If they're stepping on the ice, they're going all out. What sport offers a physicality similar to football and an unparalleled pace of play over a full 82-game season?
You just don't see it anywhere else.
I can't help but notice how little corruption and controversy there is in hockey.
It's a bunch of guys just bringing their lunch boxes every day and playing the game. No performance-enhancing drugs, no videotaping allegations, no rigged conspiracy theories, no recruiting violations or legal accusations that epitomize the modern day sports culture.
It's as straightforward as it gets and there are so few problems of that nature—I guess that's part of the reason why it doesn't dominate the sports media these days.
ESPN loves controversy and diversion. Hockey doesn't provide that, and that's part of the reason why you never see hockey stories littered all over the dominant sports network.
Regardless, hockey is a staple for its own fans. Despite a lockout a few seasons ago, its consistency and parity make those fans love it so dearly.
Who will win the Stanley Cup this year? Nobody has a clue. It doesn't matter who has the superstars. It matters which team is the hungriest for the Cup come June.
It's the any-given-Sunday mentality of the NFL applied over the course of an entire season. Every minute matters, every minute is pure and it's all still as unpredictable as any other game out there.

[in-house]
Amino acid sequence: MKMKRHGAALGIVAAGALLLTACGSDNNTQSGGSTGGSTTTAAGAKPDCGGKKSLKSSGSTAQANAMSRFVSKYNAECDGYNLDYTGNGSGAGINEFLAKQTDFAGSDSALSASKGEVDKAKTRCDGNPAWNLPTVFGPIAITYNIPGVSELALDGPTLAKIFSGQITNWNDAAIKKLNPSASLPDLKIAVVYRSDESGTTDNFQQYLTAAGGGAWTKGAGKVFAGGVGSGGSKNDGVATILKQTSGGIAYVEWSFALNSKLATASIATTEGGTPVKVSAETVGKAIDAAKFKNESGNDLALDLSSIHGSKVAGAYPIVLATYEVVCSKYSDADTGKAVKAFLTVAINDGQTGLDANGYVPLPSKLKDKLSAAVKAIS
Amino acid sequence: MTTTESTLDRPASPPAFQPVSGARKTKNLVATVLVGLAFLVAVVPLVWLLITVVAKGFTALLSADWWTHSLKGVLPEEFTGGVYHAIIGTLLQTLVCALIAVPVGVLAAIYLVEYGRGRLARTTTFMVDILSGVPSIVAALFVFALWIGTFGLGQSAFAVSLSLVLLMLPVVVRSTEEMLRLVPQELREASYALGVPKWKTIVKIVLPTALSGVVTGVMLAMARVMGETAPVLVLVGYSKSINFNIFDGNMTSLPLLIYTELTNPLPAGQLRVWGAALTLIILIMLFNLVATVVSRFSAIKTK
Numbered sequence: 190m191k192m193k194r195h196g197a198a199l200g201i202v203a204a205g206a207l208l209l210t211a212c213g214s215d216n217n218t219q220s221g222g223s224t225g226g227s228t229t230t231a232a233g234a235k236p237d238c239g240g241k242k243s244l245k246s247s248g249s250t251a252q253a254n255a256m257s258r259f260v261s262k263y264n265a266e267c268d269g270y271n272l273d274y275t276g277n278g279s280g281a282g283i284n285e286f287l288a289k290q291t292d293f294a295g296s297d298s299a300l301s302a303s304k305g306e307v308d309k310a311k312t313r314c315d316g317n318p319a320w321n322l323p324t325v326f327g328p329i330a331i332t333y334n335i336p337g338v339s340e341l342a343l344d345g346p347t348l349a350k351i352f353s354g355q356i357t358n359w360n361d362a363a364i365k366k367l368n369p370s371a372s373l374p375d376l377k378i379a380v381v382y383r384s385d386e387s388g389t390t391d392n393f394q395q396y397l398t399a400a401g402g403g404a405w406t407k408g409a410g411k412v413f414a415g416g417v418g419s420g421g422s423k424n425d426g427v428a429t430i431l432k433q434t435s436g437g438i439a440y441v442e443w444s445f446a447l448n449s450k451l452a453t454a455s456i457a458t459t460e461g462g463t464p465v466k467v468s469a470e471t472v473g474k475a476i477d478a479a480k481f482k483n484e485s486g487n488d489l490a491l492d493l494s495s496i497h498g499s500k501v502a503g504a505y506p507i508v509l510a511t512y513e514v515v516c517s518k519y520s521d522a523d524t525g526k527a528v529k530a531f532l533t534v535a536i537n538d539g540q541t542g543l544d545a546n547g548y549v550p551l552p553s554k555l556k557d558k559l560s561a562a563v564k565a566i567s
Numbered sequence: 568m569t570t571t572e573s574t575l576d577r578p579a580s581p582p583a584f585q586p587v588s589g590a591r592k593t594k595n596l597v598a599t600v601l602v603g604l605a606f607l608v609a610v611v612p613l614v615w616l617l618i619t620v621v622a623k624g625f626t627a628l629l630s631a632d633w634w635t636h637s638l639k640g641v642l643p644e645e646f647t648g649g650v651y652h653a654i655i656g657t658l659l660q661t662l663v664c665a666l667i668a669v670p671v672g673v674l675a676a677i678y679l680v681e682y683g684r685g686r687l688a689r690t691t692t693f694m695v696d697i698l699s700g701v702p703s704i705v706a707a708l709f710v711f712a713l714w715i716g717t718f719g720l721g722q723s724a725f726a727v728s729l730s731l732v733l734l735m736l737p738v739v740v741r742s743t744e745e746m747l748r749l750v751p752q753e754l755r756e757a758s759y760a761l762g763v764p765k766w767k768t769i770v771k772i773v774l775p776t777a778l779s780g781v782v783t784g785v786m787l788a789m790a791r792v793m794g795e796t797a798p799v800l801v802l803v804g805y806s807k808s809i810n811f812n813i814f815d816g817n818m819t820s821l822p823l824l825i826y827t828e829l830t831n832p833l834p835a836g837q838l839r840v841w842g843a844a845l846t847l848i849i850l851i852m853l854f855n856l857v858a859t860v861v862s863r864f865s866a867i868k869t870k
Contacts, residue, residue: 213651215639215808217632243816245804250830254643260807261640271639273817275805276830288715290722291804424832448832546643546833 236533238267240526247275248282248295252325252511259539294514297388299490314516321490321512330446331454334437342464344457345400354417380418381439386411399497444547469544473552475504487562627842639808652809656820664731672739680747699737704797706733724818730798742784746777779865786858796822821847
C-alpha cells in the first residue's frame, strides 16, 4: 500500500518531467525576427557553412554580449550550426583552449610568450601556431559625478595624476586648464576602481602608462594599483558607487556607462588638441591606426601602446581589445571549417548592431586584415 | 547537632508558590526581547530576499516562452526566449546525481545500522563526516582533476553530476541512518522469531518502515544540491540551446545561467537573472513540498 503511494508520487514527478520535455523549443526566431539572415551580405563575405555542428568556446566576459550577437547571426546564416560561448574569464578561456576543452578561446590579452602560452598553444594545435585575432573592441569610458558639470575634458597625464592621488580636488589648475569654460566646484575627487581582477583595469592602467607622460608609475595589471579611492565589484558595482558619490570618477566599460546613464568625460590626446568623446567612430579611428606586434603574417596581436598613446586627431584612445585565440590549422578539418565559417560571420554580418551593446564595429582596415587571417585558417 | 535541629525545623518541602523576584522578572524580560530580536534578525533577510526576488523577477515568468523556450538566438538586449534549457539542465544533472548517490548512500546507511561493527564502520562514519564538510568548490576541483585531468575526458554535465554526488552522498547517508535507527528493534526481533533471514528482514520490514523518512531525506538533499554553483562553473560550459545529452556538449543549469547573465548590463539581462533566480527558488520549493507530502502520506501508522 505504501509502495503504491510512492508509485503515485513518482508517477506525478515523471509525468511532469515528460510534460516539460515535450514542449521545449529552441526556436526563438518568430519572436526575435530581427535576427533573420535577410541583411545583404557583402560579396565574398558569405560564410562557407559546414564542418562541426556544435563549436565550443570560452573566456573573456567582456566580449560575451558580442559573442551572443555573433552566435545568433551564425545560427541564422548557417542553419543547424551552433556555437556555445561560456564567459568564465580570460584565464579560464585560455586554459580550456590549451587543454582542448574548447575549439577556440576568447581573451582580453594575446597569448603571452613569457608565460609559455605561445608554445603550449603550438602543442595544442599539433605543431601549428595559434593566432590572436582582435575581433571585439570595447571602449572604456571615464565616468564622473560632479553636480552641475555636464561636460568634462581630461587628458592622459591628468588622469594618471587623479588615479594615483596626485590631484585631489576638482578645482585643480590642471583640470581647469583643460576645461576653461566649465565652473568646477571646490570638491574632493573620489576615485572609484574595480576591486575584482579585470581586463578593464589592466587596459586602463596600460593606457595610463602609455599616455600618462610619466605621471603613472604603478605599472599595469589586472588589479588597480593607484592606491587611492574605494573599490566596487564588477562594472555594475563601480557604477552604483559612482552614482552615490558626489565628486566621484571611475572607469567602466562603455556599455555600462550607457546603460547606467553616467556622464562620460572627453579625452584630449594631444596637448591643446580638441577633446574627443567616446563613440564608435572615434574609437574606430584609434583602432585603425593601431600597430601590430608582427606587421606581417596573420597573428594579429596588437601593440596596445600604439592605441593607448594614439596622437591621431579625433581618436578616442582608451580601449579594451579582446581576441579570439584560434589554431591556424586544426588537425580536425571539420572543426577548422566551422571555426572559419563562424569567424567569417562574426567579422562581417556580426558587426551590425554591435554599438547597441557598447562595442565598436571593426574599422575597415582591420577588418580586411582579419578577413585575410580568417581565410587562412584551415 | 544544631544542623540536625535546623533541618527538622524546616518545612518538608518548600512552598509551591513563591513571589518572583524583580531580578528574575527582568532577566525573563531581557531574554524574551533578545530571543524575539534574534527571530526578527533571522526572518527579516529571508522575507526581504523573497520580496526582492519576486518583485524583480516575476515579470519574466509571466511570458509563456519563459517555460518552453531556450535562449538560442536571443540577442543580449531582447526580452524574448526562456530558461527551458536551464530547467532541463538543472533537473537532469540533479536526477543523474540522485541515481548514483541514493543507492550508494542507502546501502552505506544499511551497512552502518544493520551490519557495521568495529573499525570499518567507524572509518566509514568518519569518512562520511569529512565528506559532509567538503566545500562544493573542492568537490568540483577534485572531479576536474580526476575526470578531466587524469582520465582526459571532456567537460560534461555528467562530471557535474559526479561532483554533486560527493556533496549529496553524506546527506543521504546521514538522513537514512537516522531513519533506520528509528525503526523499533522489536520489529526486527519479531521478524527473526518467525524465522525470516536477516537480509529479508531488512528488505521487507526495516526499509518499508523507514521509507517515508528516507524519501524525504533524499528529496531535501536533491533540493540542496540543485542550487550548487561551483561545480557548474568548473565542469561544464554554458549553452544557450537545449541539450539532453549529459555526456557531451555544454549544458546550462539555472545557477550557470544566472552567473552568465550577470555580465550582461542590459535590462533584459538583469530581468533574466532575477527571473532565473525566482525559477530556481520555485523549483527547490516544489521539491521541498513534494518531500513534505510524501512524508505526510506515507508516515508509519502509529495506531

The list could go on, but it will end with a wrap of everything that remains.
Have you ever actually thought about some of the aspects of hockey? If you're a goon and a stickler for the physicality, what other sport actually allows its players to just drop the gloves and have at it?
If you're more interested in the skill level and impressiveness of the players, let's think about the flip side.
Sure, I'm impressed by what players in the NBA and the NFL do on the playing surface. But think about what they're playing on—a natural, everyday surface with athletic sneakers or cleats. Things that humans are used to performing on in their natural environment.
What happens when you bring those elements of speed, strength, agility, conditioning and hand-eye coordination to a sheet of ice?
Like I said, their skate blades are an eighth of an inch thick.
Hockey is a sport like no other, and every sports fan should—at the very least—give the game a chance.
You never know when you'll find a new favorite sport, after all.
Be sure to follow Derek Robinson on Twitter. @DRobMachine